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Identifying In-Memory Objects When Querying the Transaction Log

Continuing on the theme of SQL Server 2016, my boss sent me a copy of Kalen Delaney’s (b|tSQL Server 2016 In-Memory Internals white paper.  I delved into in-memory internals when SQL Server 2014 released, but then other projects got in the way of my delving time.

I created an in-memory table to explore the contents of the in-memory log records.  To do this, I used the table-based function fn_dblog_xtp. If you are familar with fn_dblog, fn_dblog_xtp contains the same column list, with 12 new columns added. A sample SELECT statement is shown below, with the new columns highlighted:

USE yourdatabase;

SELECT
f.[Current LSN],
f.Operation,
f.Context,
f.[Transaction ID],
f.operation_desc,
f.tx_end_timestamp,
f.total_size,
f.xtp_object_id
f.newrow_identity,
f.newrow_data,
f.newrow_datasize,
f.oldrow_begin_timestamp,
f.oldrow_identity,
f.oldrow_key_data,
f.oldrow_key_datasize,
f.xtp_description,
f.[Log Record Fixed Length],
f.[Log Record Length],
f.[Flag Bits],
f.[Log Reserve],
f.[Log Record]
FROM fn_dblog_xtp(NULL,NULL)
WHERE Operation LIKE '%HK%';

The two NULL parameters being passed are the start and end Log Sequence Numbers (LSN). Passing NULLs will return all log records. The WHERE Operation LIKE ‘%HK%’ will return only log records related to in-memory tables.

Transactions against an in-memory table will return a single row in the result set from fn_dblog, while the result set from fn_dblog_xtp will contain a row for all activity. For example, if you insert 100 rows into an in-memory table, fn_dblog will contain 3 records: a BEGIN TRANSACTION, a single row for the INSERT, and a COMMIT TRANSACTION. fn_dblog_xtp will contain 102 records: a BEGIN TRANSACTION, and a row for each row inserted, and a COMMIT TRANSACTION.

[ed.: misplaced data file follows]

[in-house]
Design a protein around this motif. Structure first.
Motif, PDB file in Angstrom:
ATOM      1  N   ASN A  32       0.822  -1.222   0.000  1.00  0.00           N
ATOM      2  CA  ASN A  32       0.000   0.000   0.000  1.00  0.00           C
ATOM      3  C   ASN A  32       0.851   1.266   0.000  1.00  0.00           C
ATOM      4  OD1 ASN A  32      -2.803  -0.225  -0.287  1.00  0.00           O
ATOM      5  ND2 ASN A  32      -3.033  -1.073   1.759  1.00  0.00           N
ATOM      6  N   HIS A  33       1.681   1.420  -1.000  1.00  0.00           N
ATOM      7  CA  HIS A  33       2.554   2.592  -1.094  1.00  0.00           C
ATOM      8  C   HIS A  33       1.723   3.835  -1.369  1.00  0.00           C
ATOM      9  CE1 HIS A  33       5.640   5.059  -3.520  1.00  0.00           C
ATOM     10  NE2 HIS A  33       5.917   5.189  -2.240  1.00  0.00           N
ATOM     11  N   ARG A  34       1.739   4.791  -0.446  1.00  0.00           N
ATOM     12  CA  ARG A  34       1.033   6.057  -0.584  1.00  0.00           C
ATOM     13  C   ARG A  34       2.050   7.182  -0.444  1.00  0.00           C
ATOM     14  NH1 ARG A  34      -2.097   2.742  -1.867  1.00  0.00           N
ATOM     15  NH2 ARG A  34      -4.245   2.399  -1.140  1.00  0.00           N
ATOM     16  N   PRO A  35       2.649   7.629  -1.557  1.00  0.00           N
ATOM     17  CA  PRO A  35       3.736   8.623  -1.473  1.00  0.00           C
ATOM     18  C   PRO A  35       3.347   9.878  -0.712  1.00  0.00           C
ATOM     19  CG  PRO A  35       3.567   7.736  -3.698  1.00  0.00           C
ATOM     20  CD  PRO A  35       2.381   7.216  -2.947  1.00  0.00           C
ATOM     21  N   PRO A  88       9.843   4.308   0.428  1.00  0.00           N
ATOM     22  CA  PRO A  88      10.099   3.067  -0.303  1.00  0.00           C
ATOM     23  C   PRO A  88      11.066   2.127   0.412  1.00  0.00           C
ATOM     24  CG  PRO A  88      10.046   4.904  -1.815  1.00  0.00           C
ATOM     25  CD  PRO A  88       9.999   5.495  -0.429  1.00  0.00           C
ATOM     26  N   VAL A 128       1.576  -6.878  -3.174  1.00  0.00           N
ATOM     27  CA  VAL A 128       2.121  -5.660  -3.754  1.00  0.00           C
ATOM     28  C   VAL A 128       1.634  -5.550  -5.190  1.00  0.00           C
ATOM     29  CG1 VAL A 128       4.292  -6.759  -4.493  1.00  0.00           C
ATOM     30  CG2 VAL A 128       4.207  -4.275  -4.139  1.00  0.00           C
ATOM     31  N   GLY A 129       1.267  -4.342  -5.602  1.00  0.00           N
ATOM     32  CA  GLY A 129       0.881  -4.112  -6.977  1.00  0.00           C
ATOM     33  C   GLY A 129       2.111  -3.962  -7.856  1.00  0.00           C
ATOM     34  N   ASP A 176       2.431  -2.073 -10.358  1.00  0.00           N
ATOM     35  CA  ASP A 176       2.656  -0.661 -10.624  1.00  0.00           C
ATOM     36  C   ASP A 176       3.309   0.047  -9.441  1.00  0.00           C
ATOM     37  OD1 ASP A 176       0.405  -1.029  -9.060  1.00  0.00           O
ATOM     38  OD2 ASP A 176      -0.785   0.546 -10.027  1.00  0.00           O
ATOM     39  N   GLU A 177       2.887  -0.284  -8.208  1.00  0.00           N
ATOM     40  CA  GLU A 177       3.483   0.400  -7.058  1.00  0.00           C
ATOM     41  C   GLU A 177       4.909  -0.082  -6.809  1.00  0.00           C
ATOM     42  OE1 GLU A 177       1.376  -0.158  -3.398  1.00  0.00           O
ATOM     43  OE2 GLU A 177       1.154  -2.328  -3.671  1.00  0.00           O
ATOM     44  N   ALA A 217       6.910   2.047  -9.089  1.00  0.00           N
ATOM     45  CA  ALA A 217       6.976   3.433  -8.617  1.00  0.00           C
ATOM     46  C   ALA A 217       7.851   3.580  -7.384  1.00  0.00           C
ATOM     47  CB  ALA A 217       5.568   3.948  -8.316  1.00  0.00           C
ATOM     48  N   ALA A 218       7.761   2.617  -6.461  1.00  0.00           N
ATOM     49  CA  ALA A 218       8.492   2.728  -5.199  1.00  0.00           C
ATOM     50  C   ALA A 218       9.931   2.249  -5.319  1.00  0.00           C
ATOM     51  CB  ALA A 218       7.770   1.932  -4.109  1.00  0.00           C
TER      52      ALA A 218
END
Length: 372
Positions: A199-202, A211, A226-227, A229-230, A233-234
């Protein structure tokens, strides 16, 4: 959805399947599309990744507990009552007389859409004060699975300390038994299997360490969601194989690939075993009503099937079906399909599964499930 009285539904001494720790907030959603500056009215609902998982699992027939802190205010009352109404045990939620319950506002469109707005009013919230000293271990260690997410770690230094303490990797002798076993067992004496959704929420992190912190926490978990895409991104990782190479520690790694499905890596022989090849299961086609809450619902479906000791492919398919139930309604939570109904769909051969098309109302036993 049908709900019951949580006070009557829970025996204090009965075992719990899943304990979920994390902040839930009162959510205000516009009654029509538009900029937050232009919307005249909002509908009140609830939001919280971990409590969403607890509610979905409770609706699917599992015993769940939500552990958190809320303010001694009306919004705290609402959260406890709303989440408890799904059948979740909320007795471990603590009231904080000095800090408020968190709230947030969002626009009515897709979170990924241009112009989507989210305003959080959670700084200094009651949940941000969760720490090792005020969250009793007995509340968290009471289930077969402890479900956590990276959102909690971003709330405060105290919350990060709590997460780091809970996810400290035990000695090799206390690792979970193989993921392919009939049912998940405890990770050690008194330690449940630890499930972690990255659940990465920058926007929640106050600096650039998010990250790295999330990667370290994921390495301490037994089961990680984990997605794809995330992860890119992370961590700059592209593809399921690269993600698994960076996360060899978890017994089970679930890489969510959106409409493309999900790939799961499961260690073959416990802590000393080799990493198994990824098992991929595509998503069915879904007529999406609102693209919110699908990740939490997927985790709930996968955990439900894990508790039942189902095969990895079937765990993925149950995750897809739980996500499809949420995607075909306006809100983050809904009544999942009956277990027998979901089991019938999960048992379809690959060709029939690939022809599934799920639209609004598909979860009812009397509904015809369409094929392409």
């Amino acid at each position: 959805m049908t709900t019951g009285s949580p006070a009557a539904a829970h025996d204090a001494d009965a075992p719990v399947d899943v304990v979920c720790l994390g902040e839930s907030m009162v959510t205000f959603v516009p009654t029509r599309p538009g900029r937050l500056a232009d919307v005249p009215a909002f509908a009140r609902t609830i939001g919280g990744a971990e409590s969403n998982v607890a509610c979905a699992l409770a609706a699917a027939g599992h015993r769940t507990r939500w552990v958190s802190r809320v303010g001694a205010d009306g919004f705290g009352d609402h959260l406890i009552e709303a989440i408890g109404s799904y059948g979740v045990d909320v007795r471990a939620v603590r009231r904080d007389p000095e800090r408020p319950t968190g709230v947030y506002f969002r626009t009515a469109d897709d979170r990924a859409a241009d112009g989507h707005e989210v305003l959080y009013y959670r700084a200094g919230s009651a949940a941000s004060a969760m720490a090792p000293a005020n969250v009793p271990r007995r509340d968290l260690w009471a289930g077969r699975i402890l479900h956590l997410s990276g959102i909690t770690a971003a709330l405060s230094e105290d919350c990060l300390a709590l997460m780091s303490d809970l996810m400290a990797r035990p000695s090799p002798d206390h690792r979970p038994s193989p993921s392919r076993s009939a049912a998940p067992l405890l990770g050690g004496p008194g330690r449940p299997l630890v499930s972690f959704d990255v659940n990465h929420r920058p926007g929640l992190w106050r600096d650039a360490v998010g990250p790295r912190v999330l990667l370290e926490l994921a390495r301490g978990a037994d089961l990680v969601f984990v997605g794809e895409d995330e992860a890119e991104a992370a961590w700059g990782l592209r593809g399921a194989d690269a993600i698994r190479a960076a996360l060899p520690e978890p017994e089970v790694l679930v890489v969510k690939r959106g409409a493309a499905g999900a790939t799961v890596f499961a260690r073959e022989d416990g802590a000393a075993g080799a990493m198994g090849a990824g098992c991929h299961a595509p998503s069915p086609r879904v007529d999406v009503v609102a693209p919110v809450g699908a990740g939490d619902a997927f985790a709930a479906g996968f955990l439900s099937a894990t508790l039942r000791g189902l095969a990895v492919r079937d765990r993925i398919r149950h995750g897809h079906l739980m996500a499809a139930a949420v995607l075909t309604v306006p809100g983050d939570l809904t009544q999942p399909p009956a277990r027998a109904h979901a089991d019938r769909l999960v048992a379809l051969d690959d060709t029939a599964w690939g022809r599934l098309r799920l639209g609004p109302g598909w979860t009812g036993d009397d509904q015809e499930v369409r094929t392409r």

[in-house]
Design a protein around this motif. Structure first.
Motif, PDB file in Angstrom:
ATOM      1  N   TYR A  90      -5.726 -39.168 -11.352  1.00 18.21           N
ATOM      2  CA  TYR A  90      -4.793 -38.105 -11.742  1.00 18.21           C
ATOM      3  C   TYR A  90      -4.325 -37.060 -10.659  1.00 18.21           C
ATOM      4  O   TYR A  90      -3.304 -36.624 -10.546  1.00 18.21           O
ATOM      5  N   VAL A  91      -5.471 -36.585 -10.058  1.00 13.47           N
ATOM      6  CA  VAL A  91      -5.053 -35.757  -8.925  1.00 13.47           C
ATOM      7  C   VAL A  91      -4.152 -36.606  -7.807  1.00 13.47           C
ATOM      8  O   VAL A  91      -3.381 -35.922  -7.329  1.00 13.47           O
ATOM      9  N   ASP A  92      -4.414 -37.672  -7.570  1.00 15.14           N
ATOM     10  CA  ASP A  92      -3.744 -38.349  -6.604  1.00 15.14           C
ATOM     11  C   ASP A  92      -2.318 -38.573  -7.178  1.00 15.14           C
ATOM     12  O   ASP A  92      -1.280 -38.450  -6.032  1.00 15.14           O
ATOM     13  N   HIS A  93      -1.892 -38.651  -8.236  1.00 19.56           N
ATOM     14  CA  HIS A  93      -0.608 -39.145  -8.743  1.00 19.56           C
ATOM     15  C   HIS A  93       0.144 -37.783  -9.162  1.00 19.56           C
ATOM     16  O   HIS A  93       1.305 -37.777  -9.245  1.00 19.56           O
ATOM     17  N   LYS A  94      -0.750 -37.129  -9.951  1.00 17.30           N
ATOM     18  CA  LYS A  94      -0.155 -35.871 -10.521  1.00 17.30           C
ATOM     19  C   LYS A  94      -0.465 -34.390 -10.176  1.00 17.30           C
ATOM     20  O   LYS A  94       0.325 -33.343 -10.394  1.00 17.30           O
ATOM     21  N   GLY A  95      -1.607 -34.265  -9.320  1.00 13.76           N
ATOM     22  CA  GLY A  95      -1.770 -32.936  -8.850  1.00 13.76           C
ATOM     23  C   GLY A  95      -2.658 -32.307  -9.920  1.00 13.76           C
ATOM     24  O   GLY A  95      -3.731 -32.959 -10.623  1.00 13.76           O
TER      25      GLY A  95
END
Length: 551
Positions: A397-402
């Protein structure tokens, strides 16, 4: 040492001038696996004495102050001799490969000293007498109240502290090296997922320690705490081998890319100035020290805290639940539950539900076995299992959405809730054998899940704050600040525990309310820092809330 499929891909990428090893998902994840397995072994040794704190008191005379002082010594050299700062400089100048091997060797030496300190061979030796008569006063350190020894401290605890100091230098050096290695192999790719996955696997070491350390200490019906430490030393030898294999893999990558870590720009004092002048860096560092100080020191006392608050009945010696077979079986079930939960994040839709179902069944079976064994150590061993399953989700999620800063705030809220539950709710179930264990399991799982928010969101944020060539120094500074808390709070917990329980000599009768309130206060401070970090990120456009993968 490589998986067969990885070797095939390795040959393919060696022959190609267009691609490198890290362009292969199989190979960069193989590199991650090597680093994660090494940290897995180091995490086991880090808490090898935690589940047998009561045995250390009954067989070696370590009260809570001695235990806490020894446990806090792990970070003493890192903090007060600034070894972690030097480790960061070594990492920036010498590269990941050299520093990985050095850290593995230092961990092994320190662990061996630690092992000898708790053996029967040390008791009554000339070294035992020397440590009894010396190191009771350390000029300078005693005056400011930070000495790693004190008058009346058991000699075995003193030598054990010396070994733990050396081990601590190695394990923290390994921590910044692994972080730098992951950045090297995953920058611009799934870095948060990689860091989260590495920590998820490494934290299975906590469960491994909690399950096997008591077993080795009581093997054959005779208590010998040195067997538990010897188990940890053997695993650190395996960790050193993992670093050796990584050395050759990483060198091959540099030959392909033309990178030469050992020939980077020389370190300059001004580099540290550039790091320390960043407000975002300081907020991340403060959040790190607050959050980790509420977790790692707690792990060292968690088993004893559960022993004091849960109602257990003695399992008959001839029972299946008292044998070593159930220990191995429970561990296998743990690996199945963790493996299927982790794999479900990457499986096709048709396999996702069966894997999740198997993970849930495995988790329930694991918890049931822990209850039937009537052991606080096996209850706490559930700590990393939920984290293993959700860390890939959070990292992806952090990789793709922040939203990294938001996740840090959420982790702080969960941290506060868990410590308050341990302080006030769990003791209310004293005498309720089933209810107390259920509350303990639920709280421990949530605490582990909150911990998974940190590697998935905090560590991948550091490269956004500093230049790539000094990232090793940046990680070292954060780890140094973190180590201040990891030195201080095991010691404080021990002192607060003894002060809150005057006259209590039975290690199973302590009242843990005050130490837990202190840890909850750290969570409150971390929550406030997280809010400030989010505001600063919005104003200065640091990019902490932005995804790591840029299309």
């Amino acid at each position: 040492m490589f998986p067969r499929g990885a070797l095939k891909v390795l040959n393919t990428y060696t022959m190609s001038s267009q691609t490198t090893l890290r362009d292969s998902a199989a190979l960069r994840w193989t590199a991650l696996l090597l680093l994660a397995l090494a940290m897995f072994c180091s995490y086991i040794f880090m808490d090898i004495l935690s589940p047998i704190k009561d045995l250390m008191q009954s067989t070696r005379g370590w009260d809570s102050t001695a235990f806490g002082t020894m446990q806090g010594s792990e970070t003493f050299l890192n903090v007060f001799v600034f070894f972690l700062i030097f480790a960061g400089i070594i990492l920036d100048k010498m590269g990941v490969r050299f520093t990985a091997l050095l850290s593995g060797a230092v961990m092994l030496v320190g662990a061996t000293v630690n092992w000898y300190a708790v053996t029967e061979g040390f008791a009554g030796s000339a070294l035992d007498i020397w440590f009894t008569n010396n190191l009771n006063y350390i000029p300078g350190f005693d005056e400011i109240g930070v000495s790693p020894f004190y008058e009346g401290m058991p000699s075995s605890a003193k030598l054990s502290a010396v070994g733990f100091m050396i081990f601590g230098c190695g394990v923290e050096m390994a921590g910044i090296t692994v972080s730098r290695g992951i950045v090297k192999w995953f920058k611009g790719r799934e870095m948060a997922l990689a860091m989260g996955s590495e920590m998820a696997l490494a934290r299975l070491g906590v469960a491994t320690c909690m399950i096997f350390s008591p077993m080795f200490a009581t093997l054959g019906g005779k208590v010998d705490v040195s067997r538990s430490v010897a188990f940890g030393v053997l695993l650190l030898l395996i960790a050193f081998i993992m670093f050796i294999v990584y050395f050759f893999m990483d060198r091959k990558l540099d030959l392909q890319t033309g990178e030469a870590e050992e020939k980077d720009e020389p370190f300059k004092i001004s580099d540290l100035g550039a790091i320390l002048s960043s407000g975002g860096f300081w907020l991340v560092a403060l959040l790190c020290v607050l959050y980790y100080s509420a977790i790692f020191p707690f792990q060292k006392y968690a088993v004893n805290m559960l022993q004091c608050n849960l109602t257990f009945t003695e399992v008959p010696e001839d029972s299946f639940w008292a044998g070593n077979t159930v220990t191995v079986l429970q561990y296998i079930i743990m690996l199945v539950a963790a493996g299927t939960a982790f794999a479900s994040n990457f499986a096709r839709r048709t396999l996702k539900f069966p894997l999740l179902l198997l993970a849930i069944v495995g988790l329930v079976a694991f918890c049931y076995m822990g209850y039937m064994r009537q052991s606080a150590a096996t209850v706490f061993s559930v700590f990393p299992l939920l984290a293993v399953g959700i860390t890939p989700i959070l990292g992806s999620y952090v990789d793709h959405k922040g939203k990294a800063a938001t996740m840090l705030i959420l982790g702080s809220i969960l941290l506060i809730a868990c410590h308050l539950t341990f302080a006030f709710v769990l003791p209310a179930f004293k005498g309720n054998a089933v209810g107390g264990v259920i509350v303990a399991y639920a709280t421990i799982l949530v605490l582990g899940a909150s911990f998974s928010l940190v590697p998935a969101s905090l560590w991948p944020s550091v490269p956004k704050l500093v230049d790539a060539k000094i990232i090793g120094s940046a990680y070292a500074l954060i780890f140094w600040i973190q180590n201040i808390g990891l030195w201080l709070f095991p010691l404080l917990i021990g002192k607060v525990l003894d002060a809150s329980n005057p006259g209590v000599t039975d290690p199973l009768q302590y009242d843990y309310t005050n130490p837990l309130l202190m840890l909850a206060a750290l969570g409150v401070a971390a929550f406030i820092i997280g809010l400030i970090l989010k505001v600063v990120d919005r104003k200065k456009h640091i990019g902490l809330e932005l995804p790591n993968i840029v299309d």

One of the new columns in fn_dblog_xtp is xtp_object_id. I tried to join this to the sys.objects table to return the object name, but the values didn’t match. After banging my head against my monitor for a while, I posed the question to #sqlhelp on Twitter. Andreas Wolter (b|t) responded that a correlation can be made using DMV sys.memory_optimized_tables_internal_attributes.  Excited, I tried to join fn_dblog_xtp to the DMV, but was disappointed.

On further examiniation, I determined the xtp_object_id from fn_dblog_xtp was a very large positive number while xtp_object_id from the DMV was a very large negative number. I looked closer and found that the first in-memory object created in a database will receives two xtp_object_id values, 2147483648 and -2147483648. Both of these values are increment for additional in-memory objects. So your second in-memory object will receive values of 2147483649 and -2147483647.

So, to bring a very long story to a close, you can join fn_dblog_xtp to the DMV using the following query:

SELECT 
f.[Current LSN],
f.Operation,
f.Context,
f.[Transaction ID],
f.operation_desc,
f.tx_end_timestamp,
f.total_size,
OBJECT_NAME(m.object_id) AS ObjectName,
f.newrow_identity,
f.newrow_data,
f.newrow_datasize,
f.oldrow_begin_timestamp,
f.oldrow_identity,
f.oldrow_key_data,
f.oldrow_key_datasize,
f.xtp_description,
f.[Log Record Fixed Length],
f.[Log Record Length],
f.[Flag Bits],
f.[Log Reserve],
f.[Log Record]
FROM fn_dblog_xtp(NULL,NULL) AS f
INNER JOIN sys.memory_optimized_tables_internal_attributes m
ON (f.xtp_object_id - 2147483648) = (m.xtp_object_id + 2147483648) 
WHERE Operation LIKE '%HK%'

Once again, I hope this saves some folks frustration interrogating the transaction log for in-memory objects.

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